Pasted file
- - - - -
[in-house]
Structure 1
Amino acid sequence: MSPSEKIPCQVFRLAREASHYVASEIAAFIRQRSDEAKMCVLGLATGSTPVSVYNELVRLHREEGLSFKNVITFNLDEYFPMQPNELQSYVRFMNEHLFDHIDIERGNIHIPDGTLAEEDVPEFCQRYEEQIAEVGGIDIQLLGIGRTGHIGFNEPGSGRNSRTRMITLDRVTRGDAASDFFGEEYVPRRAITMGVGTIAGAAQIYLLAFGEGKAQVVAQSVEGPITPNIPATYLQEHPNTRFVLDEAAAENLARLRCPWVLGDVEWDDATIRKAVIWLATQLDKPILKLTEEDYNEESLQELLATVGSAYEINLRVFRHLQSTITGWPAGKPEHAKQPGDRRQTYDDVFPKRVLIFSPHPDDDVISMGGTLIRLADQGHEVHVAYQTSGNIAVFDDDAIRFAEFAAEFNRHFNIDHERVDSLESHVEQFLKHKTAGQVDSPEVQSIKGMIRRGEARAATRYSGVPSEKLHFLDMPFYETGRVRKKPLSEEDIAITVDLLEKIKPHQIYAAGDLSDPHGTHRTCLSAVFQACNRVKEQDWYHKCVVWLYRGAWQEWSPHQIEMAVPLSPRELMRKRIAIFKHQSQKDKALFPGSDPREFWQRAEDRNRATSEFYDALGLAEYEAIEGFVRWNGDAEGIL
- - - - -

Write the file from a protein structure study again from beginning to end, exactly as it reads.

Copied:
[in-house]
Structure 1
Amino acid sequence: MSPSEKIPCQVFRLAREASHYVASEIAAFIRQRSDEAKMCVLGLATGSTPVSVYNELVRLHREEGLSFKNVITFNLDEYFPMQPNELQSYVRFMNEHLFDHIDIERGNIHIPDGTLAEEDVPEFCQRYEEQIAEVGGIDIQLLGIGRTGHIGFNEPGSGRNSRTRMITLDRVTRGDAASDFFGEEYVPRRAITMGVGTIAGAAQIYLLAFGEGKAQVVAQSVEGPITPNIPATYLQEHPNTRFVLDEAAAENLARLRCPWVLGDVEWDDATIRKAVIWLATQLDKPILKLTEEDYNEESLQELLATVGSAYEINLRVFRHLQSTITGWPAGKPEHAKQPGDRRQTYDDVFPKRVLIFSPHPDDDVISMGGTLIRLADQGHEVHVAYQTSGNIAVFDDDAIRFAEFAAEFNRHFNIDHERVDSLESHVEQFLKHKTAGQVDSPEVQSIKGMIRRGEARAATRYSGVPSEKLHFLDMPFYETGRVRKKPLSEEDIAITVDLLEKIKPHQIYAAGDLSDPHGTHRTCLSAVFQACNRVKEQDWYHKCVVWLYRGAWQEWSPHQIEMAVPLSPRELMRKRIAIFKHQSQKDKALFPGSDPREFWQRAEDRNRATSEFYDALGLAEYEAIEGFVRWNGDAEGIL